31. Sisters Red (Fairytale Retellings #1)- Jackson Pearce

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Title: Sisters Red (Fairytale Retellings #1)

Author: Jackson Pearce

Rating: 

On the Shelves: YA Fiction> Fantasy/ Fiction> Retellings

Scarlett March lives to hunt the Fenris–the werewolves that took her eye when she was defending her sister Rosie from a brutal attack. Armed with a razor-sharp hatchet and blood-red cloak, Scarlett is an expert at luring and slaying the wolves. She’s determined to protect other young girls from a grisly death, and her raging heart will not rest until every single wolf is dead.

Rosie March once felt her bond with her sister was unbreakable. Owing Scarlett her life, Rosie hunts ferociously alongside her. But even as more girls’ bodies pile up in the city and the Fenris seem to be gaining power, Rosie dreams of a life beyond the wolves. She finds herself drawn to Silas, a young woodsman who is deadly with an ax and Scarlett’s only friend–but does loving him mean betraying her sister and all that they’ve worked for?” (Goodreads 2014)

I thoroughly enjoyed this book. The story of Sisters Red is a modern retelling of Little Red Riding Hood, focussing around two sisters, Scarlett and Rosie. The characters of Scarlett and Rosie were enjoyable and well written. Scarlett and Rosie were both human and flawed, and they didn’t always get on with each other, like most sisters in real life. Mainly because Scarlett was so overprotective, it was suffocating and Rosie was so naïve at times she put herself in danger just to prove that she could handle things by herself, which was crossing the fine line between bravery and stupidity. However, this made the characters realistic, to me. They weren’t perfect and nothing really went to plan.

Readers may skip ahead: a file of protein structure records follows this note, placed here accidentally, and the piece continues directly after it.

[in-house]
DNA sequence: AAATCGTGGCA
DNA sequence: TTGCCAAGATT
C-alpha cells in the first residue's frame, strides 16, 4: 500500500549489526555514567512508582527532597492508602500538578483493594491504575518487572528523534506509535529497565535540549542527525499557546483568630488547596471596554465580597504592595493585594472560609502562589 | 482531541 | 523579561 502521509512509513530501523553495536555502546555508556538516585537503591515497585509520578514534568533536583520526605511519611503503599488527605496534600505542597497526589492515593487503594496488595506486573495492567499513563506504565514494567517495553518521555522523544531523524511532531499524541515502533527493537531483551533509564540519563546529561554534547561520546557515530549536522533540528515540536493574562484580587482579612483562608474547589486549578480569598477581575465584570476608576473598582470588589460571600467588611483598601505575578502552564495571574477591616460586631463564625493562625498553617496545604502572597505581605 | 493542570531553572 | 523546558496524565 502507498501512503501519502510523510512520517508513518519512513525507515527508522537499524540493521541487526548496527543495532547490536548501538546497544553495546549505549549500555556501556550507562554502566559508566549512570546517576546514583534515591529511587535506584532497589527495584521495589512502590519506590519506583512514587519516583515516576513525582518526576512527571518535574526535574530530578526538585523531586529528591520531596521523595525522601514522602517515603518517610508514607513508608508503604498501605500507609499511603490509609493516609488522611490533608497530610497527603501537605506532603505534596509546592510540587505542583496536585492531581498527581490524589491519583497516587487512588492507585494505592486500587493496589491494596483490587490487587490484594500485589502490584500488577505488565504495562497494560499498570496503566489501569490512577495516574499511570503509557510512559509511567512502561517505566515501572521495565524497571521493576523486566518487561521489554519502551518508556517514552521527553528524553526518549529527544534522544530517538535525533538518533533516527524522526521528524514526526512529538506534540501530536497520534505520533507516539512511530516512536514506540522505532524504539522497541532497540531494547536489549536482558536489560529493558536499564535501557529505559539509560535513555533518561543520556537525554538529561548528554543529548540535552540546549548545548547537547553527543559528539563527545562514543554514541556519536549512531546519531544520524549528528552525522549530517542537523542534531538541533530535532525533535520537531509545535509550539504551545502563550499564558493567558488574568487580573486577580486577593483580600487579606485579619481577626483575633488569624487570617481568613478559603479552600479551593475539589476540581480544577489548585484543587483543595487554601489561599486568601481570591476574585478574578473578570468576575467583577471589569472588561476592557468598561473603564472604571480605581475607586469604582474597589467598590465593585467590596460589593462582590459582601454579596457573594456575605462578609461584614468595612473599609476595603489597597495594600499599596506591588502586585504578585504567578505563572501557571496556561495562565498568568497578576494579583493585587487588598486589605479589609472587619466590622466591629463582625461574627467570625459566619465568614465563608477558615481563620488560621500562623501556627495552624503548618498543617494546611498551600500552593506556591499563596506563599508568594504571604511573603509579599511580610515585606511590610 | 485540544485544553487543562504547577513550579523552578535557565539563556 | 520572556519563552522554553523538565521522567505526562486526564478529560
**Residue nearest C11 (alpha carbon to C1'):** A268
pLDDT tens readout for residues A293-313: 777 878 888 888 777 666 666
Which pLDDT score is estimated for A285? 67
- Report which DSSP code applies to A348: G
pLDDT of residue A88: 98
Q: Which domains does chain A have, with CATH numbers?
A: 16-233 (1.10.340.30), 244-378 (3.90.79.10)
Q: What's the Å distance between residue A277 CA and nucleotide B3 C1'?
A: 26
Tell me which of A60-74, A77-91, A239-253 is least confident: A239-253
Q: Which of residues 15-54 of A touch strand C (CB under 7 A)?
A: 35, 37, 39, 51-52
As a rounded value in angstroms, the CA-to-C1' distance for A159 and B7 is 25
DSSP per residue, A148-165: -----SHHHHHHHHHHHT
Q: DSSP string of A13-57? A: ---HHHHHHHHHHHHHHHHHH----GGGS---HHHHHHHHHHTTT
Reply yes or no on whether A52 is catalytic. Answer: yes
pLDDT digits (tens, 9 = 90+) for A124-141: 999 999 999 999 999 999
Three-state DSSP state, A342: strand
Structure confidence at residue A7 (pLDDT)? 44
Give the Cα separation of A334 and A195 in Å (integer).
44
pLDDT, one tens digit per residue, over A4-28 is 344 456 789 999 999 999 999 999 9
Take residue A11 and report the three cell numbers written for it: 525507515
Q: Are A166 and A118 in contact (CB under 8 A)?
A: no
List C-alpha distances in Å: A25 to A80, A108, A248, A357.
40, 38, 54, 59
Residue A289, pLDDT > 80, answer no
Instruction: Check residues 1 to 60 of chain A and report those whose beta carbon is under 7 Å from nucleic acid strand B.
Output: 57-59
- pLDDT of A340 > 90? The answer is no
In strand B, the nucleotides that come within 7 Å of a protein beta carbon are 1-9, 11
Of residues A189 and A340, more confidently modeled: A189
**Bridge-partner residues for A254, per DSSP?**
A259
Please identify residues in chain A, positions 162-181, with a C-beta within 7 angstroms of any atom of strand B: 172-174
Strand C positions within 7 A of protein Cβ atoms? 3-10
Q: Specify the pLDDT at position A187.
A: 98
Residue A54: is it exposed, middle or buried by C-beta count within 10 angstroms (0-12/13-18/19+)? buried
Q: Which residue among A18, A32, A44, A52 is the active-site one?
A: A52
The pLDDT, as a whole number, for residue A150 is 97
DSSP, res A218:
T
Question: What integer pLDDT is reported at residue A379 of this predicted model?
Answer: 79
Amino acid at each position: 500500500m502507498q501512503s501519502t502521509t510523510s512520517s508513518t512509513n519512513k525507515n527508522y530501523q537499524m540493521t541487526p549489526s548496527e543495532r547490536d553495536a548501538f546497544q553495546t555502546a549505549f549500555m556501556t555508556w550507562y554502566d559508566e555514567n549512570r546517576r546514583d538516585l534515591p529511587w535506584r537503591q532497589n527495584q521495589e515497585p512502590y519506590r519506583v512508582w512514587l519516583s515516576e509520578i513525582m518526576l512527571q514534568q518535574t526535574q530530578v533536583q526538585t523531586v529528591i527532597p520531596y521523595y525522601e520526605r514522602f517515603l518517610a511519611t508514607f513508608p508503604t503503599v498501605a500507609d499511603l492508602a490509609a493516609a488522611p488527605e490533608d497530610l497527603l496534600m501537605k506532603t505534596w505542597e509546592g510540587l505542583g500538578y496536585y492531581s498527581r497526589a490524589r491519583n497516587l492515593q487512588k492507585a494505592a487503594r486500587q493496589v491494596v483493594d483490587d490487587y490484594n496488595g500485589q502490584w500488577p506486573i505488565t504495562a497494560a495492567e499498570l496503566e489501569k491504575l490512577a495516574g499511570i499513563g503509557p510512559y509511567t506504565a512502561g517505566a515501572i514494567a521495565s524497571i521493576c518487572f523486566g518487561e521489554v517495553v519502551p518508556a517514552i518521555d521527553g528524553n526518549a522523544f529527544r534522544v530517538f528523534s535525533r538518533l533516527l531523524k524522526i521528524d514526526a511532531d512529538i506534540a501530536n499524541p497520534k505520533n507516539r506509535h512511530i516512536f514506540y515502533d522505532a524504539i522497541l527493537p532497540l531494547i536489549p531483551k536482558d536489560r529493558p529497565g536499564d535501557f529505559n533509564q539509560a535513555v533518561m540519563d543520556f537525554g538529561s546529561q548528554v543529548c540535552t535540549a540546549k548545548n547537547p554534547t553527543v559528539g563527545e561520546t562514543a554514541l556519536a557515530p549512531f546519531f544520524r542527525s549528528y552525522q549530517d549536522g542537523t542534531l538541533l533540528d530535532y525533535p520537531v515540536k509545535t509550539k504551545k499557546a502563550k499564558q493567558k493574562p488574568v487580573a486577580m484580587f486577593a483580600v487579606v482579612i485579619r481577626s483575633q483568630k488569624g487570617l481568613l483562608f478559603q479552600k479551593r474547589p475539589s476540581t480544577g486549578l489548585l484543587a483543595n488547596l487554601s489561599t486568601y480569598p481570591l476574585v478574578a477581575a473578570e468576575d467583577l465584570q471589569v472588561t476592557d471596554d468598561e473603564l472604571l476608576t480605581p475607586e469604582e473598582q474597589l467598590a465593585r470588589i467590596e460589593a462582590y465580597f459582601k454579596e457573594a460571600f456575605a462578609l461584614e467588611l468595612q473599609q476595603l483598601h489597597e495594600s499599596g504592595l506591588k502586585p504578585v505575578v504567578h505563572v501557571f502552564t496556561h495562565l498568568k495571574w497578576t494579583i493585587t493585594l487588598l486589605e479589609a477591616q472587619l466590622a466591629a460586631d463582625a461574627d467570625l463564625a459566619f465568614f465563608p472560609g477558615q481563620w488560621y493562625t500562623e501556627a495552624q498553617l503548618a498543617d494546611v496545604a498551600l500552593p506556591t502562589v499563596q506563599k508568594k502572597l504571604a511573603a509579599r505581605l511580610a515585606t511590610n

It lost half a star for victim blaming. The amount of times Scarlett referred to what the girls around town were wearing in terms of short skirts got irritating quickly, although again I recognise this is just Scarlett’s personality and not a representation of the author’s views- it did get very repetitive and I really wanted Rosie or somebody to correct her on it eventually, which would’ve been a nice way of addressing victim blaming in rape culture- sorry, I got a bit serious there…

The other half of the star was lost for my guessing of the plot/who the Potential was…but I really did enjoy it. I spent most of this book on edge which is a very good sign. Like I’ve already said, the sisters both at times annoyed me but it was a refreshing change to read flawed characters who stayed flawed and didn’t miraculously become likeable entirely throughout the book. I grew to like them despite their flaws. and I could empathise and understand with both Scarlett AND Rosie’s choices, neither seemed more foolish or selfish than the other and you see the sisters come to learn to accept these differences gradually.

It wasn’t rushed, it didn’t feel forced and I loved Pearce’s writing. I’ll definitley be reading Sweetly!

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